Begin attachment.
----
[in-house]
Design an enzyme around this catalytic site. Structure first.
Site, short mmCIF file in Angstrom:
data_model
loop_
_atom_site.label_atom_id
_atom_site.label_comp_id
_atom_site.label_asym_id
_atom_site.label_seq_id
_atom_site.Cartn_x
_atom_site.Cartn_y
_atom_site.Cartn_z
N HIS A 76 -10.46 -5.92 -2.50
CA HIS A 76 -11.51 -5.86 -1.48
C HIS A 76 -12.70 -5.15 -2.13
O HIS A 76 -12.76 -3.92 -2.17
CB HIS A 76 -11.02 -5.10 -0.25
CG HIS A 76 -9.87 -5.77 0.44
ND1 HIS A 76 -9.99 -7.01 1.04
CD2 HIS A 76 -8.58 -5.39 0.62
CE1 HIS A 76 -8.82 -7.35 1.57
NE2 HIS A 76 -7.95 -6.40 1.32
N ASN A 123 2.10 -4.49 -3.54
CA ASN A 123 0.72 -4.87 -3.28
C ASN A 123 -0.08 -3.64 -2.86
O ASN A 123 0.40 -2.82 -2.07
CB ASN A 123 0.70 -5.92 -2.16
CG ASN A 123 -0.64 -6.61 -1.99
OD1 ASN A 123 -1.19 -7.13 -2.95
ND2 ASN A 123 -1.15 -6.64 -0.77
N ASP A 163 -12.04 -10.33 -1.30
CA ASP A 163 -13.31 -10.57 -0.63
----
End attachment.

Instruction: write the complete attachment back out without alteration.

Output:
[in-house]
Design an enzyme around this catalytic site. Structure first.
Site, short mmCIF file in Angstrom:
data_model
loop_
_atom_site.label_atom_id
_atom_site.label_comp_id
_atom_site.label_asym_id
_atom_site.label_seq_id
_atom_site.Cartn_x
_atom_site.Cartn_y
_atom_site.Cartn_z
N HIS A 76 -10.46 -5.92 -2.50
CA HIS A 76 -11.51 -5.86 -1.48
C HIS A 76 -12.70 -5.15 -2.13
O HIS A 76 -12.76 -3.92 -2.17
CB HIS A 76 -11.02 -5.10 -0.25
CG HIS A 76 -9.87 -5.77 0.44
ND1 HIS A 76 -9.99 -7.01 1.04
CD2 HIS A 76 -8.58 -5.39 0.62
CE1 HIS A 76 -8.82 -7.35 1.57
NE2 HIS A 76 -7.95 -6.40 1.32
N ASN A 123 2.10 -4.49 -3.54
CA ASN A 123 0.72 -4.87 -3.28
C ASN A 123 -0.08 -3.64 -2.86
O ASN A 123 0.40 -2.82 -2.07
CB ASN A 123 0.70 -5.92 -2.16
CG ASN A 123 -0.64 -6.61 -1.99
OD1 ASN A 123 -1.19 -7.13 -2.95
ND2 ASN A 123 -1.15 -6.64 -0.77
N ASP A 163 -12.04 -10.33 -1.30
CA ASP A 163 -13.31 -10.57 -0.63